Meanwhile, the great majority of enterprises continued using the familiar user ID + password.  Just add an MFA solution as a 2nd factor and that would help tremendously.  And it still does today.  I have deployed every MFA solution under the sun throughout my career.  We saw Microsoft purchase PhoneFactor in 2012 and watched it become part of Azure by integrating with the Classic portal.  Then we saw Microsoft transform and productize it into Azure Multifactor Authentication (MFA) using the Microsoft Authenticator app.  Now users could use SMS, TOTP, push notifications, 3rd party OATH tokens, etc. as their 2nd factor which lead to a lot of flexibility.  Then the move to ARM front and center as part of Microsoft’s greater identity platform in Azure AD where it belongs. We saw the many flavors over the years and the deployments go from on-prem MFA Server in a hybrid model to using the cloud service itself completely. We saw the rise of the Azure MFA service in the cloud itself eventually becoming more flexible than the Azure MFA on-prem server. We saw the rise of the Azure MFA NPS Server extension to handle our legacy RADIUS appliances and the advent of the Azure MFA adapter in AD FS 3.0, 4.0, and 2019 so we could leverage SAML 2.0 (or OAuth 2.0 if that’s your preference).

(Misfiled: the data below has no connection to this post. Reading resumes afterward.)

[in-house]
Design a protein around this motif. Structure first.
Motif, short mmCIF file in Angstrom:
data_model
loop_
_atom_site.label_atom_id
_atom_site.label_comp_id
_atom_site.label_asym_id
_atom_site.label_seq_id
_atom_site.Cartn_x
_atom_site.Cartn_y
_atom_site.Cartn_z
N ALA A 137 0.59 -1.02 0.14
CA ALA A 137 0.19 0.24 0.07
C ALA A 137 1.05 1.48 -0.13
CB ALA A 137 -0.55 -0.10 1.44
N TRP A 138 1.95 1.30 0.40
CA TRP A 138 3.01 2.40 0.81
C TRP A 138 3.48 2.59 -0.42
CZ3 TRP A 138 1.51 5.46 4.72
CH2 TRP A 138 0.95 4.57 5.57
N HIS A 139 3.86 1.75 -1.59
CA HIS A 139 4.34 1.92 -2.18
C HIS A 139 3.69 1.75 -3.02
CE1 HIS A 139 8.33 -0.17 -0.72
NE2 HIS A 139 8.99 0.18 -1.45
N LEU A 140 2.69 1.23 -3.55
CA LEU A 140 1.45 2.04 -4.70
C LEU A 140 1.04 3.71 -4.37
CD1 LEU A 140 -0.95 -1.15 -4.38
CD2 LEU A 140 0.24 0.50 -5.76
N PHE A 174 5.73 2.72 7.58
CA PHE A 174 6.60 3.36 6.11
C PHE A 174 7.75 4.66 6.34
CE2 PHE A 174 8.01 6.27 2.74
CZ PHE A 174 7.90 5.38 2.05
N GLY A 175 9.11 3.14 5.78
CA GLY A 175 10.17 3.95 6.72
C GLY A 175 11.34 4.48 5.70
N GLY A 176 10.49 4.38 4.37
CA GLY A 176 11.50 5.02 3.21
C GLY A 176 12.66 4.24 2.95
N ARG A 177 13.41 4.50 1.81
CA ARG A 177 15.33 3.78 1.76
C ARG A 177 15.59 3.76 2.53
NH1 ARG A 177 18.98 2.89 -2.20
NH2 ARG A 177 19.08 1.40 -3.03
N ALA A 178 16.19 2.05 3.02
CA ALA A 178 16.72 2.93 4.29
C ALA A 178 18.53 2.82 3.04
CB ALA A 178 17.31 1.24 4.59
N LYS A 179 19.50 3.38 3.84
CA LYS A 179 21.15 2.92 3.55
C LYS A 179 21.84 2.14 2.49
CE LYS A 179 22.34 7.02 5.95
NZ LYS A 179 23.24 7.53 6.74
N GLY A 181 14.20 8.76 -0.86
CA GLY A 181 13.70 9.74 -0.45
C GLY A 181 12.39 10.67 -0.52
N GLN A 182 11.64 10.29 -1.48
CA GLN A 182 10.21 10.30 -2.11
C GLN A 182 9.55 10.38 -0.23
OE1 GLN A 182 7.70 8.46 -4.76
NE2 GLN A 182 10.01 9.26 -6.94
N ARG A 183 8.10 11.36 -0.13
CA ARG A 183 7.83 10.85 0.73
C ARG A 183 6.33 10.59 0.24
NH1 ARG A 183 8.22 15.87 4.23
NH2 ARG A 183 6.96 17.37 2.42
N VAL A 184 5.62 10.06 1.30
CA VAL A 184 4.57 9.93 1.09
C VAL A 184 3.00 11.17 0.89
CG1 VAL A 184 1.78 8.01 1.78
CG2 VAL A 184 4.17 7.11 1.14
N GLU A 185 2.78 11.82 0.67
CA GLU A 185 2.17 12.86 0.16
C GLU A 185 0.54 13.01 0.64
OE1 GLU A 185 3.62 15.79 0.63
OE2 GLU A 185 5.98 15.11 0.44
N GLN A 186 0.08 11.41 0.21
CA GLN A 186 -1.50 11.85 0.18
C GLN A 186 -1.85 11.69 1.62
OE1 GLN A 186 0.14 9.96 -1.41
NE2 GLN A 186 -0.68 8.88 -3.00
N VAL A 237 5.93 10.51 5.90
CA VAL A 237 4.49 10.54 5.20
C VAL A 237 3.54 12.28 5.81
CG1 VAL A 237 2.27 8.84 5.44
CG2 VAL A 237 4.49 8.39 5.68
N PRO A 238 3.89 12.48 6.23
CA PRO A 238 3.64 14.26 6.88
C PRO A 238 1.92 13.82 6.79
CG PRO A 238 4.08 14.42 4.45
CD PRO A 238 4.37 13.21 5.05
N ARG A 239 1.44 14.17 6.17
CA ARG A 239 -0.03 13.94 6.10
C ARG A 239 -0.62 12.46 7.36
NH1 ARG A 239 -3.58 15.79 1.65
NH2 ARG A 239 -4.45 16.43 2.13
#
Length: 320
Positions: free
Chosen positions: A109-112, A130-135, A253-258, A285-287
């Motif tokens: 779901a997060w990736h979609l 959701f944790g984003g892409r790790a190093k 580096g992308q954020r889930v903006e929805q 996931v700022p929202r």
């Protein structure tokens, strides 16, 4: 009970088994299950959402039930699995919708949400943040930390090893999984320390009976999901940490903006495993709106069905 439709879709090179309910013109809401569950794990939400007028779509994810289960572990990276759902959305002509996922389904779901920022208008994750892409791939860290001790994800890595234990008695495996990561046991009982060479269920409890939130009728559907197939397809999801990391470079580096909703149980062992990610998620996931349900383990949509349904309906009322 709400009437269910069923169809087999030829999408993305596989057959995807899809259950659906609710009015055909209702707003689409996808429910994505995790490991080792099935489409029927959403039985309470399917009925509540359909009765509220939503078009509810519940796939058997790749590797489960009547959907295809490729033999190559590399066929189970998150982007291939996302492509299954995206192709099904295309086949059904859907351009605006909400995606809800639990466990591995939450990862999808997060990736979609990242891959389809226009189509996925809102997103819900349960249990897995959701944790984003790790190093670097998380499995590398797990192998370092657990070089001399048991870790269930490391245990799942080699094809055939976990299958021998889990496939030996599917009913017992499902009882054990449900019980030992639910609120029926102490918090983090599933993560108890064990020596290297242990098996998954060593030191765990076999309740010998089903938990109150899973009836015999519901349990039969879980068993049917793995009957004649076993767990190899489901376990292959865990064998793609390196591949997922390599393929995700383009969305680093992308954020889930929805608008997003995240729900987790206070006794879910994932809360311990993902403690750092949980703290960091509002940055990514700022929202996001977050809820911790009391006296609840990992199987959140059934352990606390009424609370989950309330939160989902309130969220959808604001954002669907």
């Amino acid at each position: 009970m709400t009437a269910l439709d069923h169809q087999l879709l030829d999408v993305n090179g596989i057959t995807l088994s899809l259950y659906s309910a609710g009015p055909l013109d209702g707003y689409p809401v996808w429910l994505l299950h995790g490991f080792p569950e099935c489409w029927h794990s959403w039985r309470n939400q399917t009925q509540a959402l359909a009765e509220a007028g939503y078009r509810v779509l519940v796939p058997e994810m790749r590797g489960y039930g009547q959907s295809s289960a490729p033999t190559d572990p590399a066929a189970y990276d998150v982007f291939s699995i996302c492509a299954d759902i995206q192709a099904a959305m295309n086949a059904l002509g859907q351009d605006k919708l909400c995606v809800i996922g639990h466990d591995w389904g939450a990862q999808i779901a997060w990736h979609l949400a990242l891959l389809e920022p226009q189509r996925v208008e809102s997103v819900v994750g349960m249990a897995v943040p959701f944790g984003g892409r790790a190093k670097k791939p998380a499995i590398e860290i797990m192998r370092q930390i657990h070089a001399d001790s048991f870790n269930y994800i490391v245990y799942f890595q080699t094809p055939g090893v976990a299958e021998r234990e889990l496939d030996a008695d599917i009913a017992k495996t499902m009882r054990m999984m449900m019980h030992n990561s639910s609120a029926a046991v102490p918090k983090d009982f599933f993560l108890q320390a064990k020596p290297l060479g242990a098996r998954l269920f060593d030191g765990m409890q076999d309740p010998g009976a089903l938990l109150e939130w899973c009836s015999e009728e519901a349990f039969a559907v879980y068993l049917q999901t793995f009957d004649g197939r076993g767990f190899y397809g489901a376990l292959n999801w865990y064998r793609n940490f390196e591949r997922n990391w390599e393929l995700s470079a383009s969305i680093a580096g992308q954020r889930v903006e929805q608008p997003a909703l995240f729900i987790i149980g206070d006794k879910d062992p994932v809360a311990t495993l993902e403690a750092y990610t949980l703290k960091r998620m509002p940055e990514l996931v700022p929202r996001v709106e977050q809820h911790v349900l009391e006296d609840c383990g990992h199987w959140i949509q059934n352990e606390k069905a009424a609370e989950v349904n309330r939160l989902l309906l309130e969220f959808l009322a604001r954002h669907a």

But over time we started seeing SMS was a vector of exploitation. Even the biggest banks were using this when NIST released their new guidance in draft form in 2016 saying to not use SMS based 2FA but instead look to use the trusty TOTP (time-based one-time passcodes) from the old RFC 6238 or other one-time use solutions.  This was lest evident in the finalized NIST Special Publication 800-63B guidance from 2017 but enterprises had already heard the message and were concerned about using SMS.  OTP and TOTP was still much less likely to be attacked using an interception or replay technique.  Some organizations began disabling SMS and forcing users to use TOTP or push notification in response.